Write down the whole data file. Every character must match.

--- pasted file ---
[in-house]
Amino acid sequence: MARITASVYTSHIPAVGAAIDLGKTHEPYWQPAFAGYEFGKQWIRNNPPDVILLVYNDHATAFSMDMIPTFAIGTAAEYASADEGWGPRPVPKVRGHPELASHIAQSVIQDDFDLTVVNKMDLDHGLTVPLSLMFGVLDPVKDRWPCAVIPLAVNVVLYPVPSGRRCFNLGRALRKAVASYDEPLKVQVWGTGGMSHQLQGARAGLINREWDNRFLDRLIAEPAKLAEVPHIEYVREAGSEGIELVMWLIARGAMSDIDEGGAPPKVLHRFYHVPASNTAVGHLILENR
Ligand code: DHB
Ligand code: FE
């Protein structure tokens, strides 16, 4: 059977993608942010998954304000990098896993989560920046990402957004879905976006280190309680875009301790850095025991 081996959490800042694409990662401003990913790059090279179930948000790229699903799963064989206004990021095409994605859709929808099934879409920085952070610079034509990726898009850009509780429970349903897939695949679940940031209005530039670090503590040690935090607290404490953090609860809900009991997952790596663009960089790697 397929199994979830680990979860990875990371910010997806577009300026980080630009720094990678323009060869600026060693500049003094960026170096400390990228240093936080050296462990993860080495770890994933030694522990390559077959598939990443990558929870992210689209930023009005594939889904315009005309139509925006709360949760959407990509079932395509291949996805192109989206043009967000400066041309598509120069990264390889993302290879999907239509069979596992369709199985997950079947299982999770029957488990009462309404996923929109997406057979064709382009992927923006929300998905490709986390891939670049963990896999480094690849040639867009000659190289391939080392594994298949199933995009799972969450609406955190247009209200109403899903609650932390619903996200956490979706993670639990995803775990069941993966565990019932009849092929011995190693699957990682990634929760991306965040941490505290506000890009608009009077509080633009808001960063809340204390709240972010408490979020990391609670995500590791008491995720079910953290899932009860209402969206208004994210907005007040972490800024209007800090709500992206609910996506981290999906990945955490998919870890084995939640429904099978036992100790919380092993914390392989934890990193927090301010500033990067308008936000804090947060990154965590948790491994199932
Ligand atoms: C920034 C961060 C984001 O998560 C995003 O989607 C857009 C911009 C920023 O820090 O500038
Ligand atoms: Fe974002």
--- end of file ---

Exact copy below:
[in-house]
Amino acid sequence: MARITASVYTSHIPAVGAAIDLGKTHEPYWQPAFAGYEFGKQWIRNNPPDVILLVYNDHATAFSMDMIPTFAIGTAAEYASADEGWGPRPVPKVRGHPELASHIAQSVIQDDFDLTVVNKMDLDHGLTVPLSLMFGVLDPVKDRWPCAVIPLAVNVVLYPVPSGRRCFNLGRALRKAVASYDEPLKVQVWGTGGMSHQLQGARAGLINREWDNRFLDRLIAEPAKLAEVPHIEYVREAGSEGIELVMWLIARGAMSDIDEGGAPPKVLHRFYHVPASNTAVGHLILENR
Ligand code: DHB
Ligand code: FE
């Protein structure tokens, strides 16, 4: 059977993608942010998954304000990098896993989560920046990402957004879905976006280190309680875009301790850095025991 081996959490800042694409990662401003990913790059090279179930948000790229699903799963064989206004990021095409994605859709929808099934879409920085952070610079034509990726898009850009509780429970349903897939695949679940940031209005530039670090503590040690935090607290404490953090609860809900009991997952790596663009960089790697 397929199994979830680990979860990875990371910010997806577009300026980080630009720094990678323009060869600026060693500049003094960026170096400390990228240093936080050296462990993860080495770890994933030694522990390559077959598939990443990558929870992210689209930023009005594939889904315009005309139509925006709360949760959407990509079932395509291949996805192109989206043009967000400066041309598509120069990264390889993302290879999907239509069979596992369709199985997950079947299982999770029957488990009462309404996923929109997406057979064709382009992927923006929300998905490709986390891939670049963990896999480094690849040639867009000659190289391939080392594994298949199933995009799972969450609406955190247009209200109403899903609650932390619903996200956490979706993670639990995803775990069941993966565990019932009849092929011995190693699957990682990634929760991306965040941490505290506000890009608009009077509080633009808001960063809340204390709240972010408490979020990391609670995500590791008491995720079910953290899932009860209402969206208004994210907005007040972490800024209007800090709500992206609910996506981290999906990945955490998919870890084995939640429904099978036992100790919380092993914390392989934890990193927090301010500033990067308008936000804090947060990154965590948790491994199932
Ligand atoms: C920034 C961060 C984001 O998560 C995003 O989607 C857009 C911009 C920023 O820090 O500038
Ligand atoms: Fe974002």